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Five boats head to international waters in flotilla to show support for Cuban people

Biden imposes sanctions on Cuban officials
Biden imposes sanctions on Cuban officials 02:43

A small flotilla of Cuban-Americans and their supporters took off from Miami on Friday to international waters. Five boats left Bayside Marina with the intention to stop in Key West, refuel and check in with the U.S. Coast Guard before sailing towards Cuba. The group will stop just 15 nautical miles from Havana as they show their support for the Cuban people.

Captain Adam Chamie with the U.S. Coast Guard told CBS News' Manuel Bojorquez that the trip is legal, but crossing into Cuban waters is not, and can incur fines up to $25,000 and five years prison time. There's also concern over South Florida's tropical and unpredictable weather.

"What might seem like it's pretty safe waters just a few miles from shore when you're 50 miles from shore can look very differently," Chamie said.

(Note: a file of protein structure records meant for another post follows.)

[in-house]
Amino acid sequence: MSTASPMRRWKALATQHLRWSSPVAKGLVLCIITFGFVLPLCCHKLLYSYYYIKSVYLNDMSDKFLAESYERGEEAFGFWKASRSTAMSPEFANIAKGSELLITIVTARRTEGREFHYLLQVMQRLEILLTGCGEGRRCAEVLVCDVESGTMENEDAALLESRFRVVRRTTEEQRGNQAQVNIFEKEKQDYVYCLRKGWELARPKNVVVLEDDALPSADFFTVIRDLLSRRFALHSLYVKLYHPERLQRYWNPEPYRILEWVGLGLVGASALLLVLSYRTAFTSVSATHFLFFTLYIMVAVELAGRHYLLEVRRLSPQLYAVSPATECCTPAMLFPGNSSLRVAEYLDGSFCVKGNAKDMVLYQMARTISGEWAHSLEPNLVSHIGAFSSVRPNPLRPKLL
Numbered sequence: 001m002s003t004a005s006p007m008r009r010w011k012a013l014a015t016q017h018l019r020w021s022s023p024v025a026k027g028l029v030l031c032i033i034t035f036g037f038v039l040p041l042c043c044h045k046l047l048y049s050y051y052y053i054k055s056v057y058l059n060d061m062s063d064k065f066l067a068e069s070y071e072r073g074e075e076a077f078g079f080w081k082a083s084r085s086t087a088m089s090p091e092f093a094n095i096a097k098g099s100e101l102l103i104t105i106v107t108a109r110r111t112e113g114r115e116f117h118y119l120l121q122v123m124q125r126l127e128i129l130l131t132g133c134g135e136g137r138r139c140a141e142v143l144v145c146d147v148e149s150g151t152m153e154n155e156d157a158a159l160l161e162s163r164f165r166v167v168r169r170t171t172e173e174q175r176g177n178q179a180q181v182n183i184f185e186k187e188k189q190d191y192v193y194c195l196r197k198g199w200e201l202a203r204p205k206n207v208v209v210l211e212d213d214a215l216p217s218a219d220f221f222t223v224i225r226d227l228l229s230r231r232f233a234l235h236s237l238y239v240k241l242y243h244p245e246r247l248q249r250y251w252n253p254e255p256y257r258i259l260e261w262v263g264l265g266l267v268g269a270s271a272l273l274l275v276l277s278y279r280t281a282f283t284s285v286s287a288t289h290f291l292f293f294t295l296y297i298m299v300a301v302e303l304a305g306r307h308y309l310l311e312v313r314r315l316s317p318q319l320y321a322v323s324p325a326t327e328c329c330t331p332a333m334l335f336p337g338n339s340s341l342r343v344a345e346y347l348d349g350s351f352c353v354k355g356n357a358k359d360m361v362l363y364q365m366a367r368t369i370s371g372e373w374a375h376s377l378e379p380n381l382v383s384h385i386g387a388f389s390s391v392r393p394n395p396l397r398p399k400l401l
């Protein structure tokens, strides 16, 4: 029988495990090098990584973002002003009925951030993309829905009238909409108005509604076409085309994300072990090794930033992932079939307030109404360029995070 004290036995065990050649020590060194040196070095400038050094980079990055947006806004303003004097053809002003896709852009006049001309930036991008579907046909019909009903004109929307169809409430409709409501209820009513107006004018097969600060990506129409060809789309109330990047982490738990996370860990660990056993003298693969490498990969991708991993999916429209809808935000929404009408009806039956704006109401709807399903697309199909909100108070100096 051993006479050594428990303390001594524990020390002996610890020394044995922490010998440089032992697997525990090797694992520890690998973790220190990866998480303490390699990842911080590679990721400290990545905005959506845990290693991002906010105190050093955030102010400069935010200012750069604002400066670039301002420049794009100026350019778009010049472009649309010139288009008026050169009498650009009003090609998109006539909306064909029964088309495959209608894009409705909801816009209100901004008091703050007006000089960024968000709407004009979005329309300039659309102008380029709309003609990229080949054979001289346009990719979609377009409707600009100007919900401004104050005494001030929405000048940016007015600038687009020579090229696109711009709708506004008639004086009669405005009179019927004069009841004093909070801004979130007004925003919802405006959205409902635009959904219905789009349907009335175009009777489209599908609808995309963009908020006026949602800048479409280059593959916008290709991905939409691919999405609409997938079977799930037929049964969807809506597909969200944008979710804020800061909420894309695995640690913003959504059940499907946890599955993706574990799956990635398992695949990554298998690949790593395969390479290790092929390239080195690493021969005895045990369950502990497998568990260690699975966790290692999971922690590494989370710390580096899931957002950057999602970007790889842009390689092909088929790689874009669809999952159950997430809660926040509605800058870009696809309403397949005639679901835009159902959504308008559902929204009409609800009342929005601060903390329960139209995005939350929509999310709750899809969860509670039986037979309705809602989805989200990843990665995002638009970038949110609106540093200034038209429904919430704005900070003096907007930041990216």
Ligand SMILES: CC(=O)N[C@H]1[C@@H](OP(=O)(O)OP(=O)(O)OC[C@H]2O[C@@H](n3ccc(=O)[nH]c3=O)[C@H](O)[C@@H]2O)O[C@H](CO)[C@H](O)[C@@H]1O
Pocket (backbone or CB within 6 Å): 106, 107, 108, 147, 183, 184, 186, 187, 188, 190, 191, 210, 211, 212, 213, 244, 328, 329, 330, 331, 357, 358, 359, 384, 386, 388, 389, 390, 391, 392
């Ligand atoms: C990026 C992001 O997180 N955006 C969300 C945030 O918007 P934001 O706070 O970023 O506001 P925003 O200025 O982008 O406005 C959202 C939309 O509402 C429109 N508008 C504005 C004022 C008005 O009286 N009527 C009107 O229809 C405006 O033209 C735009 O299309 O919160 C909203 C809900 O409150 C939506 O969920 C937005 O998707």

The group of boaters were supposed to depart on Monday, but the event was postponed until Friday. About a hundred boats were expected to show up to the event.

The planned trip comes as the Biden administration announced new sanctions on Alvaro Lopez Miera, the Cuban Minister of Defense, as well as the Cuban Interior Ministry Special Brigade for repressing the peaceful pro-democracy protests in Cuba that began July 11. There are reports of about 500 people detained since the protests.

In a statement, President Biden said, "The Cuban people have the same right to freedom of expression and peaceful assembly as all people."

Miami Mayor Francis Suarez argues Cuba is not a priority of the Biden Administration.

"The Cuban people are defending themselves with rocks and sticks against guns and clubs, so I've even called for things as dramatic as not taking off the table the possibility of some level of military intervention," said Suarez.

Jorge Duany, director of the Cuban Research Institute at Florida International University, told Bojorquez that the Biden administration is trying to find the middle ground between the more open policies of the Obama administration and former President Trump's swift reversal.

"Much of the calculus regarding what to do next with Cuba has to do with next year's midterm elections here in Florida. I'm sure that's part of the discussion within the White House," Duany said.

Duany also said the Biden administration's stated goal of restoring internet to Cubans, which was cut by the communist government after the uprising, could help protesters keep some momentum going.

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